Unison calls for property tax reform in Scotland

‘Significant’ property taxes are needed to help boost local government funding in Scotland, according to a new report.

The report by Unison and the Jimmy Reid Foundation calls for a ‘fairer’ system, which will shift the tax burden onto property and land owners and away from council tax payers.

It claims such a shift would make the tax system in Scotland more ‘progressive’ and based on ability to pay.

The report says the current council tax system in Scotland is regressive and based on out-of-date property evaluations.

It adds ‘significant’ property taxes are essential to local government funding.

The report also calls on the Scottish Parliament and councils to look at how new taxes can be introduced to support include inclusive economic growth.

It states that special attention should be paid to help programmes around changing behaviours and overcoming market failures.

The report also shows that total revenue funding for councils has fallen by 8% in real terms across the last eight years.

While spending on education and social care has been relatively protected, the report warns Scottish councils have made substantial cuts in other areas, including a 22% reduction in culture and leisure spendingand a 34% reduction in planning.

‘Within the constraints of the fiscal powers devolved under successive Scotland Acts, there are still some opportunities to generate greater funding for public services locally,’ said report lead author, Professor Mike Danson.

‘Some changes will require time to explore, plan and introduce but it is economically efficient and effective to shift the tax burden onto property and land owners and away from council taxpayers, making the tax system more progressive and more based on ability to pay.’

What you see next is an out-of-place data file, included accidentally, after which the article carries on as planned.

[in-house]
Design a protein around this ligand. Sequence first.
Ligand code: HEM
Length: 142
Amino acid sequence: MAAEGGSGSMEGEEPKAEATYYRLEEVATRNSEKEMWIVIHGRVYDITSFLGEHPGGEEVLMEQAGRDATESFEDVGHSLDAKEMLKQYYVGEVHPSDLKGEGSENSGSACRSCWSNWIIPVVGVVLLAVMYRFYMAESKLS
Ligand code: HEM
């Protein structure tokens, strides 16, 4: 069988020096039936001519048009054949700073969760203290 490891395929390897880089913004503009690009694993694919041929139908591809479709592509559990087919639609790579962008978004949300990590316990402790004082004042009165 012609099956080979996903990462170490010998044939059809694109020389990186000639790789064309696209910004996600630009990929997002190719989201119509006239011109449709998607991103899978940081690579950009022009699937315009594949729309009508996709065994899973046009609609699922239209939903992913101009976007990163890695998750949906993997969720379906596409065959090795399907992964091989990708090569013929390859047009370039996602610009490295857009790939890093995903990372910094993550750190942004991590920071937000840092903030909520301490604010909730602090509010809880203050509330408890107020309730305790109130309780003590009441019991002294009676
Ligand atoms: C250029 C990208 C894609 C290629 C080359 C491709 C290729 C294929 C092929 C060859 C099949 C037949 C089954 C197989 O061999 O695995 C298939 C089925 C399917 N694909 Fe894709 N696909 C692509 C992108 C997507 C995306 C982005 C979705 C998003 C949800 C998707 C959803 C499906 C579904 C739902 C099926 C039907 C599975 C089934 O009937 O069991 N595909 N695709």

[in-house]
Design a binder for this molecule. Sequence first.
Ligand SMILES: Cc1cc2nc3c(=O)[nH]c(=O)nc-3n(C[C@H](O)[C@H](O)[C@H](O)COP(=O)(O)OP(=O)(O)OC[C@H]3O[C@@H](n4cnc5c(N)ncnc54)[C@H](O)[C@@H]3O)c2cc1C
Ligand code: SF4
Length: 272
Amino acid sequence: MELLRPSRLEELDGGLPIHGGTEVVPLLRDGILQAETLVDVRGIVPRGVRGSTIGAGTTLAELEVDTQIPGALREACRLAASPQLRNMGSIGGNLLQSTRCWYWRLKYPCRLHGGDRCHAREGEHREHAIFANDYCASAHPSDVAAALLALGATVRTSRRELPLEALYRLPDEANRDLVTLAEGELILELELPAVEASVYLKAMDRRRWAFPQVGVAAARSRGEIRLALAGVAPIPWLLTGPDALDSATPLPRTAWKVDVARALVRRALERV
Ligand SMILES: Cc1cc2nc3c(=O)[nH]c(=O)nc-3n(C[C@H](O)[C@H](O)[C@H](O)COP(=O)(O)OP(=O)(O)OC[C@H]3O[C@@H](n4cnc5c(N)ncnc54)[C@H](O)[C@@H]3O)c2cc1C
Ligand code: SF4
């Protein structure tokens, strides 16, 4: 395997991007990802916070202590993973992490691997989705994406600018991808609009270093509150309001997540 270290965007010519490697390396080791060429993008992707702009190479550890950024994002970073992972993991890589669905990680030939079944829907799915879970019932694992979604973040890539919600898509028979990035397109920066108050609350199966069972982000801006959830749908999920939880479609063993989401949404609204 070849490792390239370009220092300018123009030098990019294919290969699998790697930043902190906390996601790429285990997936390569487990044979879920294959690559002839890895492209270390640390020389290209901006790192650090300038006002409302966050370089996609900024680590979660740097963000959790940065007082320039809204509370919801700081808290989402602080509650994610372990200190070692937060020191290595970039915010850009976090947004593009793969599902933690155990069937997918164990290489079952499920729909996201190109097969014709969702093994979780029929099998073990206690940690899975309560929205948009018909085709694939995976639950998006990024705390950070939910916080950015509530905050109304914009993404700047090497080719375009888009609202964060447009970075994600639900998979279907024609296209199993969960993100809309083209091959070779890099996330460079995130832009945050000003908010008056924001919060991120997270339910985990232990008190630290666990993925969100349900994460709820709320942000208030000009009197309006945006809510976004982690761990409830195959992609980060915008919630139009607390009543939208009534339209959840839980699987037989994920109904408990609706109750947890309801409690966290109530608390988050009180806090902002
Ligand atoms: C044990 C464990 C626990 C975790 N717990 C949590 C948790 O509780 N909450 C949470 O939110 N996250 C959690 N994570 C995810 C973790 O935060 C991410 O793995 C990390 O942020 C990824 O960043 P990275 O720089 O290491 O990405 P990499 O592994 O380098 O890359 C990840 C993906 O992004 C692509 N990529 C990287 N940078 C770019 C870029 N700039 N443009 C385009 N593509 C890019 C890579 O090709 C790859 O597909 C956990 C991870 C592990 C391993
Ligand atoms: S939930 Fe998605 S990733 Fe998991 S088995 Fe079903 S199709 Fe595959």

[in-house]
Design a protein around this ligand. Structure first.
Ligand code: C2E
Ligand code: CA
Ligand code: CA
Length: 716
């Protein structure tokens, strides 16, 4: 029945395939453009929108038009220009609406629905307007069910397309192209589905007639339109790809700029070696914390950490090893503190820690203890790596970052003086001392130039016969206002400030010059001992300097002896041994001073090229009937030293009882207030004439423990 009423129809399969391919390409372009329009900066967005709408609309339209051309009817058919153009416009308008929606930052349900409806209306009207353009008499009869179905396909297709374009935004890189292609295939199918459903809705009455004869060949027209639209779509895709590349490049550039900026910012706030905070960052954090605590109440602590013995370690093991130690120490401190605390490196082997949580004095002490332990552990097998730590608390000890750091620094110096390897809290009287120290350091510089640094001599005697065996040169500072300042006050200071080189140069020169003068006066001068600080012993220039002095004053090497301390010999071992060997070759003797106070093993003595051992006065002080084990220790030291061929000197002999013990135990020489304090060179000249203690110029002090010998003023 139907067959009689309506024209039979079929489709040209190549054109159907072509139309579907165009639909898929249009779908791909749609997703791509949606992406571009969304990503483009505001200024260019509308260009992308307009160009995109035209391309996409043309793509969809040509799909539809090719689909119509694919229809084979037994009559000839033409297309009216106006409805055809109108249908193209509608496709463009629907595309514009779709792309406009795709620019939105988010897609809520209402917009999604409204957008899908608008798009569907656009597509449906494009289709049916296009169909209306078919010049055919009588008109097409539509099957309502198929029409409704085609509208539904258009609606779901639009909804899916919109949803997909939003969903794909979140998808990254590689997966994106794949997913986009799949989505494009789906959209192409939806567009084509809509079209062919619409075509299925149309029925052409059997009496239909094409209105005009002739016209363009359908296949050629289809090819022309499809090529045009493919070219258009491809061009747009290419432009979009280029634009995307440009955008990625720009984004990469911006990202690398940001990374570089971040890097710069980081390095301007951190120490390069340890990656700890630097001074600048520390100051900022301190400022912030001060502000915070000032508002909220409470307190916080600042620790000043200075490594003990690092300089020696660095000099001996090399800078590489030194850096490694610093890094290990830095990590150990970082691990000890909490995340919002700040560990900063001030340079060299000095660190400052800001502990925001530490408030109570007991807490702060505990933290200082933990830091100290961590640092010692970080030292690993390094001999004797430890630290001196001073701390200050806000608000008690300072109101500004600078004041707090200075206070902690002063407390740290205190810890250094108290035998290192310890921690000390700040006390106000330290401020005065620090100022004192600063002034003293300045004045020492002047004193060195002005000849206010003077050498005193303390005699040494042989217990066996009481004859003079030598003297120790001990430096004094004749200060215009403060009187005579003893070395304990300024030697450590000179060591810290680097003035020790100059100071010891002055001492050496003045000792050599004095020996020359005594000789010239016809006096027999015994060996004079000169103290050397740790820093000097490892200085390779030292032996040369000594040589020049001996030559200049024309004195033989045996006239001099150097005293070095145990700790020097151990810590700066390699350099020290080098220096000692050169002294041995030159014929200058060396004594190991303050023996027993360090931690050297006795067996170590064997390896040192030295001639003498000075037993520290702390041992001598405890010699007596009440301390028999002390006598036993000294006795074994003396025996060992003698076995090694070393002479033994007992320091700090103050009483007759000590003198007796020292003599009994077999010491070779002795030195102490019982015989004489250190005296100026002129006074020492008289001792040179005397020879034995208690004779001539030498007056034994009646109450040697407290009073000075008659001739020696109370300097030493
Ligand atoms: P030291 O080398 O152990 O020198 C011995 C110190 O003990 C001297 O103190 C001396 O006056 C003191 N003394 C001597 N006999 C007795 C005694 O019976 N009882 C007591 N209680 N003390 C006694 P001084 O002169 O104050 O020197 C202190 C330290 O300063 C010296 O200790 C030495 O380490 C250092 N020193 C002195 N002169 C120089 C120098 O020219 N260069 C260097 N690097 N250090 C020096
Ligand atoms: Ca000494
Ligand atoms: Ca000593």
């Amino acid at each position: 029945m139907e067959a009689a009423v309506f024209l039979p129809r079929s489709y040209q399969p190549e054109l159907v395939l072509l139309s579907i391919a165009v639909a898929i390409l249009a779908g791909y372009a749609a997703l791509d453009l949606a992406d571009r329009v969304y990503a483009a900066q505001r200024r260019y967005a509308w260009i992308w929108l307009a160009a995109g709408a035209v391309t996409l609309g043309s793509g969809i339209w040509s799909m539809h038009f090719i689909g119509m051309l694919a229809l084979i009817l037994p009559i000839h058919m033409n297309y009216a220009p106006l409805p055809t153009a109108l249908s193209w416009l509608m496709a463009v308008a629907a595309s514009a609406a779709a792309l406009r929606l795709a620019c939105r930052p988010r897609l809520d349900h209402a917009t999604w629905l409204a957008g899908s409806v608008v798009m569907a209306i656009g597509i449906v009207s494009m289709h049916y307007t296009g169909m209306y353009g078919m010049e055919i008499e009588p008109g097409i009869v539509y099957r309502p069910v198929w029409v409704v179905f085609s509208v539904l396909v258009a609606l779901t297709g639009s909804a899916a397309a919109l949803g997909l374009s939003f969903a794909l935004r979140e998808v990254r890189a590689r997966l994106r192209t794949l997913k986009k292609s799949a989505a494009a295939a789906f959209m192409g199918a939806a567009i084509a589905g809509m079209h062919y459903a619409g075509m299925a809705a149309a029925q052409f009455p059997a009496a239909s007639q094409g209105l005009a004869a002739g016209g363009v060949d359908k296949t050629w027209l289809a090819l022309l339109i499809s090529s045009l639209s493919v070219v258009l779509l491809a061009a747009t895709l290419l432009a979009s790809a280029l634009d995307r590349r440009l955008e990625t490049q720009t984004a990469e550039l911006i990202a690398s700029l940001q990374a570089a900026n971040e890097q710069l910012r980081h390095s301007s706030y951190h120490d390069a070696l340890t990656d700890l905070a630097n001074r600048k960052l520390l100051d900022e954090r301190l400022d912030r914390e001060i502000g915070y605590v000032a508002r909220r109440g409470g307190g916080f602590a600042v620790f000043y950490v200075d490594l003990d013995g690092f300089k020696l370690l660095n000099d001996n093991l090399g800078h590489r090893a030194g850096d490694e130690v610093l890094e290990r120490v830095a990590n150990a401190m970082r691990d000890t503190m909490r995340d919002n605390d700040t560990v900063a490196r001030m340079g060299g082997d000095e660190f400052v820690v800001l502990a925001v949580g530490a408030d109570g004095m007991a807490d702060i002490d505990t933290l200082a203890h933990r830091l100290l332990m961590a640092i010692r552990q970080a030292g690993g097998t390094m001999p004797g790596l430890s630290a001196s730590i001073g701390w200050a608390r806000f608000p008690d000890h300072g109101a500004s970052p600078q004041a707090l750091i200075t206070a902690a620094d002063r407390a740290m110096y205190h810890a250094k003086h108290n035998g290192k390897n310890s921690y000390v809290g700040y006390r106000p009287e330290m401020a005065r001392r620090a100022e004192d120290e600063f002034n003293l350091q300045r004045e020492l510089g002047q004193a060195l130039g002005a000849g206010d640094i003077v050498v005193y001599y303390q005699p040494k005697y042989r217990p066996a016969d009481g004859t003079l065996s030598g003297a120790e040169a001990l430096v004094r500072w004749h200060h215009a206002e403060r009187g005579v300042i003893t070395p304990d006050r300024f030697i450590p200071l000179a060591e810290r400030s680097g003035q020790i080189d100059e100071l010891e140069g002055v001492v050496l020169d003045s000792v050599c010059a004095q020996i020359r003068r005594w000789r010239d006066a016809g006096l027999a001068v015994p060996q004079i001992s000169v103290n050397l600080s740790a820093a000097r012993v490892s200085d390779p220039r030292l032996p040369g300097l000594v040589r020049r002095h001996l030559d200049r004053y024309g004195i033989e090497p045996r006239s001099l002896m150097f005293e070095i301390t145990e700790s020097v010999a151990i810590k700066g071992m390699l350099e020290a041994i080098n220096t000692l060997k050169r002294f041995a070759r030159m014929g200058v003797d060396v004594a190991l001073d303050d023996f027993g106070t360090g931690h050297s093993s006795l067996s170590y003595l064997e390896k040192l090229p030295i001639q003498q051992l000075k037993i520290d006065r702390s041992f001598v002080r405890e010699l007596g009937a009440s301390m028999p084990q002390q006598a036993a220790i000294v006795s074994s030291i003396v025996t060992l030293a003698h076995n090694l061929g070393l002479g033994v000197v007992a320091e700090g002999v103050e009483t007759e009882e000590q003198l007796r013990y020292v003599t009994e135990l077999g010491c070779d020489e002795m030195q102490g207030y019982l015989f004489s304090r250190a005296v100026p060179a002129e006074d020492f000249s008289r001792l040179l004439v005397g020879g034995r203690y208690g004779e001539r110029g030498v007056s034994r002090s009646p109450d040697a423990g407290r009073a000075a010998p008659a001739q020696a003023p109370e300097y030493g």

The Scottish secretary of Unison, Mike Kirby, added: ‘Over the years, the balance of funding for public services through local government has shifted from approximately 50% coming from national government to 50% being raised directly by local authorities, to 85% of funding coming from central government and 15% being raised directly by local authorities.

‘Together with an overall reduction in funding, during a period of austerity, this has resulted, in severe financial pressures and impacted upon, the quality and delivery of vital public services. Politicians in all spheres must create the time and space for a fundamental review of funding local government. This report is a contribution, to that essential debate.’

The full report can be read here.

Photo by Tama66 (Pixabay)

Jamie Hailstone
Senior reporter - NewStart


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